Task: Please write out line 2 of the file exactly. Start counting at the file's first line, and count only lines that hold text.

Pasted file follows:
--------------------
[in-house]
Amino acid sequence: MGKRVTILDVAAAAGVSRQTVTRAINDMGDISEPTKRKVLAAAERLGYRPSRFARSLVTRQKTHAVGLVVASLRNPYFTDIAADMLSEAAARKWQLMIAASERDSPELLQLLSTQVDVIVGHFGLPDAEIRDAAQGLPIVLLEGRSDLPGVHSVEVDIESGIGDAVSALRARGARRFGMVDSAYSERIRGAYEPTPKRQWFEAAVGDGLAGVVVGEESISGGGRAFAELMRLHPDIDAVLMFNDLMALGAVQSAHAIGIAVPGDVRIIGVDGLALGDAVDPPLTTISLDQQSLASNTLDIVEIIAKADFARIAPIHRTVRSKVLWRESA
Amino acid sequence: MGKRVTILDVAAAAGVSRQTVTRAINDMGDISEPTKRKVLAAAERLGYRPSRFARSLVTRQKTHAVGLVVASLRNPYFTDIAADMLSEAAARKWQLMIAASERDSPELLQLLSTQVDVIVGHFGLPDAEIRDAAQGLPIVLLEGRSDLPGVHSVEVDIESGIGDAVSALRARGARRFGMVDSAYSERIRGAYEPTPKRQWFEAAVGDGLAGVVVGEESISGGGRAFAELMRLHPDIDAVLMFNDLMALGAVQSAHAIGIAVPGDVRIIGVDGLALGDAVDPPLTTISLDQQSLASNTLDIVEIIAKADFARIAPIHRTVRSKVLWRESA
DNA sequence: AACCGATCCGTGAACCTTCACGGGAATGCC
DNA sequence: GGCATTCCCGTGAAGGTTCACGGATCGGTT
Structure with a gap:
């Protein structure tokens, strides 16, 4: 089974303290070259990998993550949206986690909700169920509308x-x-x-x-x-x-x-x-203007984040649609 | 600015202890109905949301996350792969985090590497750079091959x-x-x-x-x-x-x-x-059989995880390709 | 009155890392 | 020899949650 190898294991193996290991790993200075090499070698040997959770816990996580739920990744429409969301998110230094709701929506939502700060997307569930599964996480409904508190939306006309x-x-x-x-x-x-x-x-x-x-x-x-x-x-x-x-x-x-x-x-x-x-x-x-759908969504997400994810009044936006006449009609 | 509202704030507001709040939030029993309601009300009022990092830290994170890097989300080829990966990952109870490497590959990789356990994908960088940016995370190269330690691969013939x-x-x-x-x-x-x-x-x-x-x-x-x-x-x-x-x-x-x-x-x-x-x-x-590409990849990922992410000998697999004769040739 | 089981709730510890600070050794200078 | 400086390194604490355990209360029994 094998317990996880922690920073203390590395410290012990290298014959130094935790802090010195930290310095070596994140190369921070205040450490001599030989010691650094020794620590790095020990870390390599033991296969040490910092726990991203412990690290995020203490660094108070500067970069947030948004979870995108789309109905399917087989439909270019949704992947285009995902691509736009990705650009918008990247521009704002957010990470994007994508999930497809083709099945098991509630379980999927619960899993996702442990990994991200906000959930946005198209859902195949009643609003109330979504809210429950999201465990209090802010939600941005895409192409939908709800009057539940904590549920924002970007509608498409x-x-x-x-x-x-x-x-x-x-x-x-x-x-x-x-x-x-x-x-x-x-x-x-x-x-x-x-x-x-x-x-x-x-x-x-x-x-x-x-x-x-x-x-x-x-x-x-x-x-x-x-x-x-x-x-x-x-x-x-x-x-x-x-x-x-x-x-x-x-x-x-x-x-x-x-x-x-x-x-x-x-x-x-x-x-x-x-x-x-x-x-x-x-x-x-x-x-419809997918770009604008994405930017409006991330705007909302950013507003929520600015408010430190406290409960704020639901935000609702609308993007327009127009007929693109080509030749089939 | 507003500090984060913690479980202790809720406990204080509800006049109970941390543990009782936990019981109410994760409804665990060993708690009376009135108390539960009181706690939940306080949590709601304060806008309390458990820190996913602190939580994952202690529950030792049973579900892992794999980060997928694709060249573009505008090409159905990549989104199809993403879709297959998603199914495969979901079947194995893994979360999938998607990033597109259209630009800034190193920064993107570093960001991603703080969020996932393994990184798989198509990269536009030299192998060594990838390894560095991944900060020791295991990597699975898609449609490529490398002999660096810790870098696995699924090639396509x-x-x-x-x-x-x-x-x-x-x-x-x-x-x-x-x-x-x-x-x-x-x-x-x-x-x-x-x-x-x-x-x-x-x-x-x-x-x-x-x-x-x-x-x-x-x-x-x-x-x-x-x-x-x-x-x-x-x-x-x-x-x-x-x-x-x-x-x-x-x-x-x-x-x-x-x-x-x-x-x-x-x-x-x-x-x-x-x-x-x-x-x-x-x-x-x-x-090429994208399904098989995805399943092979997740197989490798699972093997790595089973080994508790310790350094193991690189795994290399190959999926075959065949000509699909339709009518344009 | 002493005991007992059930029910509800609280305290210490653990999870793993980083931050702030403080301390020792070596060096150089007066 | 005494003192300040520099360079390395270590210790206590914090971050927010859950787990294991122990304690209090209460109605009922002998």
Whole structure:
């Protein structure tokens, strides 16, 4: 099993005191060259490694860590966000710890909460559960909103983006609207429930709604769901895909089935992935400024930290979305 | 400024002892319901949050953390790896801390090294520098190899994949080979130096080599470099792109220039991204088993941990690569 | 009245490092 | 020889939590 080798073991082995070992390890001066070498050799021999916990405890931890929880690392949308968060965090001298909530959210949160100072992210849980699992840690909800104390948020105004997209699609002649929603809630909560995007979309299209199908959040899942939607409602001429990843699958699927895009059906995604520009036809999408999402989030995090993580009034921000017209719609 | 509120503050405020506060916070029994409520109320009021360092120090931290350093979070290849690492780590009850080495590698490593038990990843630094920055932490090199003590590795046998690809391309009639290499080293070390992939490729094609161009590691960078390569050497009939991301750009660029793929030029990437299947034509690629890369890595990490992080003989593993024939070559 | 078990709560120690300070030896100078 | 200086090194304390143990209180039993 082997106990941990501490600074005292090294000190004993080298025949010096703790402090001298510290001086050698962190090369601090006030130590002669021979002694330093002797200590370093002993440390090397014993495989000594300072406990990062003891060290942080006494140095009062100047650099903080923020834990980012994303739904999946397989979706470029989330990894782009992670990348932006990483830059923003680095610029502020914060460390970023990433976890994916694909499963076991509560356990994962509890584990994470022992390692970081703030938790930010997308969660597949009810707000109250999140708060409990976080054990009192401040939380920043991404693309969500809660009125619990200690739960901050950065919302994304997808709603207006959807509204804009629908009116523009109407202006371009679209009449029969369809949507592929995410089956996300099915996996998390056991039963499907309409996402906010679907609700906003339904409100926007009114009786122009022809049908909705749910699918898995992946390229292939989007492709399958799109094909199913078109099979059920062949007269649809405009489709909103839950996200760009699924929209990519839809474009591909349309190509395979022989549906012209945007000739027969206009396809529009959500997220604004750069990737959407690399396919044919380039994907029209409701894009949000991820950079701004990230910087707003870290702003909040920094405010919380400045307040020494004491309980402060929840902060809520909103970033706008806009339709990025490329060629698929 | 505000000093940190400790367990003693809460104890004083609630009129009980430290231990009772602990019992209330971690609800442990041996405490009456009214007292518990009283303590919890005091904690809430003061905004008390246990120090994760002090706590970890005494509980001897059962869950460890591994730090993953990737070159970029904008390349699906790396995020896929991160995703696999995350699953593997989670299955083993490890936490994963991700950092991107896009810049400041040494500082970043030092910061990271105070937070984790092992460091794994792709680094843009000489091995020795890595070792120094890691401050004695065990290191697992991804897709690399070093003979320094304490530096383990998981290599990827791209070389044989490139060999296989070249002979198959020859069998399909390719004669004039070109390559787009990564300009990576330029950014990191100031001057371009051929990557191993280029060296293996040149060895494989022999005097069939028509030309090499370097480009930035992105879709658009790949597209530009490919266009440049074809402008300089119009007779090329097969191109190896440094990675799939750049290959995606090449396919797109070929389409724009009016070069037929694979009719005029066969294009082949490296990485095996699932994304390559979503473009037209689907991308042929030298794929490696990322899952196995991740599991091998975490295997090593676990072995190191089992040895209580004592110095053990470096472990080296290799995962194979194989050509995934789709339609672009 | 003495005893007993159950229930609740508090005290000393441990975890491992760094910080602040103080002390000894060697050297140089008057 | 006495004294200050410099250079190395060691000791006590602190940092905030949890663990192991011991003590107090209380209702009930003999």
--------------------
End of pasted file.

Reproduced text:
Amino acid sequence: MGKRVTILDVAAAAGVSRQTVTRAINDMGDISEPTKRKVLAAAERLGYRPSRFARSLVTRQKTHAVGLVVASLRNPYFTDIAADMLSEAAARKWQLMIAASERDSPELLQLLSTQVDVIVGHFGLPDAEIRDAAQGLPIVLLEGRSDLPGVHSVEVDIESGIGDAVSALRARGARRFGMVDSAYSERIRGAYEPTPKRQWFEAAVGDGLAGVVVGEESISGGGRAFAELMRLHPDIDAVLMFNDLMALGAVQSAHAIGIAVPGDVRIIGVDGLALGDAVDPPLTTISLDQQSLASNTLDIVEIIAKADFARIAPIHRTVRSKVLWRESA